The long-standing suspicion that universities accept international students with weak qualifications to boost their income appears to be unfounded, according to research by Times Higher Education. At some institutions, such as the highly international London School of Economics, it is British students who have fewer tariff points. The issue flared up last summer after a newspaper sting found a Beijing agent promising low entry grades to Chinese students.
This prompted David Willetts, the universities and science minister, to warn the sector not to admit those “who cannot cope or who slow down their fellow students”. But according to data obtained from the student guidance website BestCourse4me, on half the 374 undergraduate courses with the largest intakes in 2010-11, non-UK students had more Ucas tariff points than their British counterparts.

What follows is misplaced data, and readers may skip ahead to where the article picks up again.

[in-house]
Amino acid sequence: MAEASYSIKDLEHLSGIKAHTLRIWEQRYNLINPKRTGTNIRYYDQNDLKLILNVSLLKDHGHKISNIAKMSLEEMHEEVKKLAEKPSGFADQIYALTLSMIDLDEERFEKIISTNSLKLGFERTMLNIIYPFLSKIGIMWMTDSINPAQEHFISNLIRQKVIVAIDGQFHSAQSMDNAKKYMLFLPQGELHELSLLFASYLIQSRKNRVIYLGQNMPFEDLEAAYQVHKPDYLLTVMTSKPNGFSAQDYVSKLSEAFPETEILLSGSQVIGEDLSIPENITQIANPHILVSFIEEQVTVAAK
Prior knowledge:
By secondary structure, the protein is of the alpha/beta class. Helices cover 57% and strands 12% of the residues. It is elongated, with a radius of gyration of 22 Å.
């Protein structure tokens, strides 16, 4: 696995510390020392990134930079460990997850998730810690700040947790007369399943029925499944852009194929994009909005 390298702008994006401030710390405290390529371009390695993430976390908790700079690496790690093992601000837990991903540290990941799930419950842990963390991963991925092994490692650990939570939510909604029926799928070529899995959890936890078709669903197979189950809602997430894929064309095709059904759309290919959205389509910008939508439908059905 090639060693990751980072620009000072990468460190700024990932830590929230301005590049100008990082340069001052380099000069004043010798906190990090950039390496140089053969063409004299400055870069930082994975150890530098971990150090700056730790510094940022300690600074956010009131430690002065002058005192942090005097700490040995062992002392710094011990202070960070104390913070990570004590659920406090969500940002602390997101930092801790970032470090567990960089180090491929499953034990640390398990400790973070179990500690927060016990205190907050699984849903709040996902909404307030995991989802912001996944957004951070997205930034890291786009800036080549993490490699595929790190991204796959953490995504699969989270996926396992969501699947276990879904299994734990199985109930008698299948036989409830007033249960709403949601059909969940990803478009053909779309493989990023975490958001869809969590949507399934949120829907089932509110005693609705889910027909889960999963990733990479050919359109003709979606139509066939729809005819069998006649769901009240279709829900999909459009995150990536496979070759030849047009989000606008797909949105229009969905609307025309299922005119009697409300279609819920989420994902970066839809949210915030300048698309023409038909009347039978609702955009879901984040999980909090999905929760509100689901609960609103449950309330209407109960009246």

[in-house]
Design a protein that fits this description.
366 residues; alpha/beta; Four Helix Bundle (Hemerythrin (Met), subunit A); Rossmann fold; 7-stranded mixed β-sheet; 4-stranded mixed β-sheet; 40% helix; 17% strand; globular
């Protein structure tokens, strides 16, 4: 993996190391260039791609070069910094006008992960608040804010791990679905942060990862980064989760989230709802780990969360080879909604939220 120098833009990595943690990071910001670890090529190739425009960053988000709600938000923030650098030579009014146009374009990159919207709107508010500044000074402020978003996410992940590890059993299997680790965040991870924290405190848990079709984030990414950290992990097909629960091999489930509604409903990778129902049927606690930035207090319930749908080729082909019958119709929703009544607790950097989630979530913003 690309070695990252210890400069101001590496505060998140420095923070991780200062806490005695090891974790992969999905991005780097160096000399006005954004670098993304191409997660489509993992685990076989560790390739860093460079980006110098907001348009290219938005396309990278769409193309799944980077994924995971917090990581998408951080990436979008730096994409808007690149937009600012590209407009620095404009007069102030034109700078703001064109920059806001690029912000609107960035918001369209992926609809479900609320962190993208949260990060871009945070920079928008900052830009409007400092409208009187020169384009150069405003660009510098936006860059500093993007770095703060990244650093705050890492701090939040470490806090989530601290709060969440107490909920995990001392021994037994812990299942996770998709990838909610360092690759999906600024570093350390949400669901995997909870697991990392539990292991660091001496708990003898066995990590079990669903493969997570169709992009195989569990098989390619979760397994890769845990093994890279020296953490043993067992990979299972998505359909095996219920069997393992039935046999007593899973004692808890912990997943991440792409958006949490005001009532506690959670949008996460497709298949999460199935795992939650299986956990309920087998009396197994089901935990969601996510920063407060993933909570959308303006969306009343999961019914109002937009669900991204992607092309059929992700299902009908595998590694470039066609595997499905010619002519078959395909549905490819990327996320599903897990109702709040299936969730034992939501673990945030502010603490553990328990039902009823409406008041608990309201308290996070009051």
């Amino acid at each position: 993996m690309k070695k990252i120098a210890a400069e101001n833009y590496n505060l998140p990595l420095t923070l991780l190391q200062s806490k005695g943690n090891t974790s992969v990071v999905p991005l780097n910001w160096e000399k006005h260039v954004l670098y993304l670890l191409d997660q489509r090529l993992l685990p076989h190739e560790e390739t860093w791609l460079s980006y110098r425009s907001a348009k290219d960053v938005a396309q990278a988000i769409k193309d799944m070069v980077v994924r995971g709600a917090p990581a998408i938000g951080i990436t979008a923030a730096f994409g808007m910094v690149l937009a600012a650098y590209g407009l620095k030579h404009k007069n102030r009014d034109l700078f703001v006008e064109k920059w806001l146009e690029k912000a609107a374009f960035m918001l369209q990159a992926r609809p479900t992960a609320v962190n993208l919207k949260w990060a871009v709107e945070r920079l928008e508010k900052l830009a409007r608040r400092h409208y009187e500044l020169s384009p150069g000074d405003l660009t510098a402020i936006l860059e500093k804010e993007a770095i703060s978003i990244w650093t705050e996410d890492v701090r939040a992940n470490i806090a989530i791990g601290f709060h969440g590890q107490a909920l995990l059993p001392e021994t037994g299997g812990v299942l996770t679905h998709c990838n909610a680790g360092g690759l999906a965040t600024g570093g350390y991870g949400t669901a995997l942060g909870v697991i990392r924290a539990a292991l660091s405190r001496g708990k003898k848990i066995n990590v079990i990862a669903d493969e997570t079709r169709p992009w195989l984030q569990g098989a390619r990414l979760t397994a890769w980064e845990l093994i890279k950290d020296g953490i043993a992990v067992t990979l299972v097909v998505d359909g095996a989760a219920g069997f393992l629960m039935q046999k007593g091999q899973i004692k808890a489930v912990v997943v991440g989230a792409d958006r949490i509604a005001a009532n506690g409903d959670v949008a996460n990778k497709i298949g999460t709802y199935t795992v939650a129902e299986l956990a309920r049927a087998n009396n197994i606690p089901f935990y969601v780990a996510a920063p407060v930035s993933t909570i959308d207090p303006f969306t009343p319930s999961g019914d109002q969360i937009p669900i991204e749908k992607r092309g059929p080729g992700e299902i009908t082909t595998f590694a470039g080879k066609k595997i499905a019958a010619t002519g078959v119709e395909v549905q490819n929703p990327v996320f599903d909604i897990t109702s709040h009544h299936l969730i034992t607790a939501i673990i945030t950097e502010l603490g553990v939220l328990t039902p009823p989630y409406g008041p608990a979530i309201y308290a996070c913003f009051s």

Anna Vignoles, professor of education at the University of Cambridge, said there had “always been an assumption that foreign students are coming in with lower grades”. But the data indicated that this was a “myth”, she said.